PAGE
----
But like any survey type, online surveys do have their cons. Online surveys could be accessed anywhere, but the survey recipient has to have internet access. There are parts of the globe and some households that don’t have internet access (or easy access to public internet) that could be valuable contributors to your survey. In addition, online surveys can provide a wealth of information, but they fall short in some depth. There’s no organic way to ask follow up questions or to probe deeper into an answer when you want more insights. 

Paper Surveys

Paper surveys are sometimes looked at as old fashioned, but they do still reach an audience that can’t access many other types of surveys. Many audiences—like senior citizens or those without internet access—are far more likely to respond or far more comfortable with paper surveys than online surveys. Plus paper surveys are often easier to read for many since they’re printed in large fonts with black text on white paper.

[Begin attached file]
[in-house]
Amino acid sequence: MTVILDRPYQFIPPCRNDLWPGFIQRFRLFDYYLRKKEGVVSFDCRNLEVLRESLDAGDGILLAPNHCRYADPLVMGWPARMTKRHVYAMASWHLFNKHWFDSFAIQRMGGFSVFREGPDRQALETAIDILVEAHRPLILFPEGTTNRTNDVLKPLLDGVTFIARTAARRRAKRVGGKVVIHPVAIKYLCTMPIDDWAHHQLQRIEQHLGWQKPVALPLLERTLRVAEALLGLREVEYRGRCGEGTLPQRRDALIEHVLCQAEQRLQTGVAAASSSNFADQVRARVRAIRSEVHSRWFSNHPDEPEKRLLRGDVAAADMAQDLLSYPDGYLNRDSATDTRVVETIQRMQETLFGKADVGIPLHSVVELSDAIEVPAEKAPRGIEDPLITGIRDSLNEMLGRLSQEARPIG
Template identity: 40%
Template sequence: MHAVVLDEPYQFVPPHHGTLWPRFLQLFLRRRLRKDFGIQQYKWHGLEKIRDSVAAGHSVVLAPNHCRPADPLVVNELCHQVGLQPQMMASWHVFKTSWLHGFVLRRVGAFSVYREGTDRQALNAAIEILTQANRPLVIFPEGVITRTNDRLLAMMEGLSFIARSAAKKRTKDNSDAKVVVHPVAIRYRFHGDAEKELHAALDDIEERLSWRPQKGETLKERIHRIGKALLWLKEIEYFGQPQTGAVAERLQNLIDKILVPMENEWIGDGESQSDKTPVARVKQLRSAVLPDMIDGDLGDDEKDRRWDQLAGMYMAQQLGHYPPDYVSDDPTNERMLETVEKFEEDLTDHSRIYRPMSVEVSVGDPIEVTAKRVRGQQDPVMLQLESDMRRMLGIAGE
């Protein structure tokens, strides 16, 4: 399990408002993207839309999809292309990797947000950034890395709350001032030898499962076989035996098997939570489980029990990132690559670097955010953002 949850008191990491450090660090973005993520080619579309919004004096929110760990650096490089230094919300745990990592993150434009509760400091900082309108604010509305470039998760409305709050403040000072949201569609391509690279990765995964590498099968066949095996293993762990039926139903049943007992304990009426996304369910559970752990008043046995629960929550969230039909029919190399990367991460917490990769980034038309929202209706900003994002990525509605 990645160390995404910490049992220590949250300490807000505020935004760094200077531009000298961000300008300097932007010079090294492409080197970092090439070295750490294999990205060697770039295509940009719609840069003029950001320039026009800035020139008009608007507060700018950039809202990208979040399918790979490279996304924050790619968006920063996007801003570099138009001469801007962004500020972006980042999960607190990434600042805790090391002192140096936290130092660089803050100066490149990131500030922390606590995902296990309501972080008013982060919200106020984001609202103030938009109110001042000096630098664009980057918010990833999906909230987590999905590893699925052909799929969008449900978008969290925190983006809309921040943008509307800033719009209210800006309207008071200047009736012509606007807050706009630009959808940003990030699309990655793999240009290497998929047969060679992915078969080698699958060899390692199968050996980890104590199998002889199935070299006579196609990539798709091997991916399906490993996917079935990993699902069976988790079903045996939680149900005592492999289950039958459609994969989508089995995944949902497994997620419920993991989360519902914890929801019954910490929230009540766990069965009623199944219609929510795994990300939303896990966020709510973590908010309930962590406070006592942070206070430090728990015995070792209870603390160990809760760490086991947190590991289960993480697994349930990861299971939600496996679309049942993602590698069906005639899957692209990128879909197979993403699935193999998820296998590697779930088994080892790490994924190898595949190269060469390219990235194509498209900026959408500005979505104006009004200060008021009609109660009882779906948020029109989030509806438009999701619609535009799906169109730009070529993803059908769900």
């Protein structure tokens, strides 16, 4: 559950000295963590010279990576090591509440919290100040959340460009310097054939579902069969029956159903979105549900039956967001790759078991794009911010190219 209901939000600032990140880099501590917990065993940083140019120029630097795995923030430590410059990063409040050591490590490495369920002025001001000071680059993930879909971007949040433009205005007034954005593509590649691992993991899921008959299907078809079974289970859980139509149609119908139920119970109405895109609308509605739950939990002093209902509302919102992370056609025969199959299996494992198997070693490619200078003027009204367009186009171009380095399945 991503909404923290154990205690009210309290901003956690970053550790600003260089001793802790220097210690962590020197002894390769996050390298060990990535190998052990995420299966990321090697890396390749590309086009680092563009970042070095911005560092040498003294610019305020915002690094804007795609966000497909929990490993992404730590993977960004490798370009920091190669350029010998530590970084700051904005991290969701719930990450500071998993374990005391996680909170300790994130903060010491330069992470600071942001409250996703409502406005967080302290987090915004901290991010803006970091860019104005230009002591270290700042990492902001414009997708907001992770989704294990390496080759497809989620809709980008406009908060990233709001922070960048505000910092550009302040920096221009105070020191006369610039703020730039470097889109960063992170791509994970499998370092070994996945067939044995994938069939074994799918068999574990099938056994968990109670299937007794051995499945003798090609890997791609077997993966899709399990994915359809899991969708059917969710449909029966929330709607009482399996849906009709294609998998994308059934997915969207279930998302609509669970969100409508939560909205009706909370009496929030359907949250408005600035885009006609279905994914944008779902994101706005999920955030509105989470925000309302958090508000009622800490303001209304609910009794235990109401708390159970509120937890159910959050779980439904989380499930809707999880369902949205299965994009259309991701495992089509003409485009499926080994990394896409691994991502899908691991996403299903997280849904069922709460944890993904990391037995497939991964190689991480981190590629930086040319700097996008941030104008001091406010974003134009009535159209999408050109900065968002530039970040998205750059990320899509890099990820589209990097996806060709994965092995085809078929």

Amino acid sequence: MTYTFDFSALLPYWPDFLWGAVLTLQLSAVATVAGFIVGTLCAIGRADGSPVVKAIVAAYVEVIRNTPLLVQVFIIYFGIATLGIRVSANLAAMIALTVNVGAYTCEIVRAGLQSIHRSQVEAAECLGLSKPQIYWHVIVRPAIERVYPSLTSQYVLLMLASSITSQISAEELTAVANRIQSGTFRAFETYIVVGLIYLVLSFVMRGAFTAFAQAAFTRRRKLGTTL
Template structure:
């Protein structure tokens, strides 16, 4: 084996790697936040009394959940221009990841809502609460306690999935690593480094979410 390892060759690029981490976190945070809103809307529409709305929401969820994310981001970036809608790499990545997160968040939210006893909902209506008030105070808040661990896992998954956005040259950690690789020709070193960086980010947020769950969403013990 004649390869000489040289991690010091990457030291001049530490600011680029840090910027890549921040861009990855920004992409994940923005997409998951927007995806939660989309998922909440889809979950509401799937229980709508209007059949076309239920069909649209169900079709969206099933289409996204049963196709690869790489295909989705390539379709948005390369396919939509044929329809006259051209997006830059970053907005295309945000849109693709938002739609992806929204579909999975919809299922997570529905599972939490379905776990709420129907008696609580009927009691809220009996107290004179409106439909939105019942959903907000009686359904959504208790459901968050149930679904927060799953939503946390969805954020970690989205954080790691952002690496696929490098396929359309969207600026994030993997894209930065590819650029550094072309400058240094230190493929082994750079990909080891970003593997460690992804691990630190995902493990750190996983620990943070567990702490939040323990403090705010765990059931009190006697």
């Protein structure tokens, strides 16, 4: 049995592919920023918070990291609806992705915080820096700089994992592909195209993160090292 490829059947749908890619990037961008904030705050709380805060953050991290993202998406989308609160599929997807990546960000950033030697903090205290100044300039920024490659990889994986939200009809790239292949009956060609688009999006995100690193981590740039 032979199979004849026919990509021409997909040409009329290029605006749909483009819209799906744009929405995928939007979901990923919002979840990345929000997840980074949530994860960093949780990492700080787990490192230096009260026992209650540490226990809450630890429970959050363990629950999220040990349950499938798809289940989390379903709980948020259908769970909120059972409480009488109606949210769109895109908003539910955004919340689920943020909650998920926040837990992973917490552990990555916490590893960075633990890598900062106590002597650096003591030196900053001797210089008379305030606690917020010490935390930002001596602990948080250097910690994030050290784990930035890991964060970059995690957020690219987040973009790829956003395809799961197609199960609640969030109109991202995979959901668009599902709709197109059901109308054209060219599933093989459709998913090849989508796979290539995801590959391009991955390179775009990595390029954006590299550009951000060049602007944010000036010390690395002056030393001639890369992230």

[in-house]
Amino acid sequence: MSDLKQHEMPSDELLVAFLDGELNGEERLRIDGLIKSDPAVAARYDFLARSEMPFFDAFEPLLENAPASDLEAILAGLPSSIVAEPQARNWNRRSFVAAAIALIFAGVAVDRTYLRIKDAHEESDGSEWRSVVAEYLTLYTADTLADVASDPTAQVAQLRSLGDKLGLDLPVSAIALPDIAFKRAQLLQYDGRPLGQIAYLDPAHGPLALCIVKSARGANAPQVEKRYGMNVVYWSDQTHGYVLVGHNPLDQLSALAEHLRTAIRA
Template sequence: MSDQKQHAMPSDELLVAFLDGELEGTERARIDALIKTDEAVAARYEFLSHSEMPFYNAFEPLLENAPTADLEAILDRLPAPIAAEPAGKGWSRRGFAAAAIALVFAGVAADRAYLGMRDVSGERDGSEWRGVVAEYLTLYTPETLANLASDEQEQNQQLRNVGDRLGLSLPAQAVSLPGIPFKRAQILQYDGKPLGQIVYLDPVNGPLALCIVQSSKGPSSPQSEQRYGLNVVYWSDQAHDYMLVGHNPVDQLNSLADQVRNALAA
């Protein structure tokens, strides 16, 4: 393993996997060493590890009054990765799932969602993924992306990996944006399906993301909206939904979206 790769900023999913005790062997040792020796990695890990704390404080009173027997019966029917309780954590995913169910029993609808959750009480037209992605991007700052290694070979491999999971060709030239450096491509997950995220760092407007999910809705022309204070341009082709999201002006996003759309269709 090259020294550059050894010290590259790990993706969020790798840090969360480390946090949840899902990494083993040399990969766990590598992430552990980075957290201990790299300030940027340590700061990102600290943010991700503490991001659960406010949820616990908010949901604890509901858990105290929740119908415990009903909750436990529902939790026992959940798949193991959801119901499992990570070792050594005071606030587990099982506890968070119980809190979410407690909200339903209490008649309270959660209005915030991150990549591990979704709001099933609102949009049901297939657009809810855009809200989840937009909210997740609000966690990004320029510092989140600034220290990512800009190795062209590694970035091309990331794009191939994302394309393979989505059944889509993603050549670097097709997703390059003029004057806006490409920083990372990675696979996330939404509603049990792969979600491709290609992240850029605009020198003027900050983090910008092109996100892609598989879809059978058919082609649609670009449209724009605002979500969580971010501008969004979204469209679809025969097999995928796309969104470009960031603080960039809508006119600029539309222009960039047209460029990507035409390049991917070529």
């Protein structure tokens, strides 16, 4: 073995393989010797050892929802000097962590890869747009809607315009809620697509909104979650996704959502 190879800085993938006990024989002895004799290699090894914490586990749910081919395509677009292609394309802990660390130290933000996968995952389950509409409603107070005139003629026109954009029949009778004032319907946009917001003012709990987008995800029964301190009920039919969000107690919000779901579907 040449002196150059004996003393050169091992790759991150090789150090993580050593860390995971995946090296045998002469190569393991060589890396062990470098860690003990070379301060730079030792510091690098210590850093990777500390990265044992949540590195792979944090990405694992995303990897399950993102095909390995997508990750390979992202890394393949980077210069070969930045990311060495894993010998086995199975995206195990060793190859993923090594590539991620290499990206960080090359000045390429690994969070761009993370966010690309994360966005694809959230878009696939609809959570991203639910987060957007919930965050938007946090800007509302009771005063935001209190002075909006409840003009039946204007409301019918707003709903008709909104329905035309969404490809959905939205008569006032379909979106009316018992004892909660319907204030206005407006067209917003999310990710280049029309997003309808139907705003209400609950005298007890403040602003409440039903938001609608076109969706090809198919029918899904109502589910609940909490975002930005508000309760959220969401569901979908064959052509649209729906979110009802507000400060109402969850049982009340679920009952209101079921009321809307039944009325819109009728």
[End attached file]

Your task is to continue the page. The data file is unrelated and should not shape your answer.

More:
But one major con of paper surveys is that they can be one of the pricier types of surveys. Paper surveys have to be printed off, sometimes in large quantities, to reach your audience. That can add up if you’re trying to reach a large amount of people. In addition, paper surveys aren’t the most environmentally friendly way to survey. 

Mail Surveys

Mail surveys are one of the most traditional types of surveys. While some people may look at them as old fashioned, there’s a reason this method has been around for so long: it feels authentic and offers you access to an audience that may be less inclined to respond online. Those demographics who are less likely to answer an online email survey are often familiar with mail surveys and will be willing to respond. In addition, mail surveys also have a wide geographic reach since most places are accessible by post.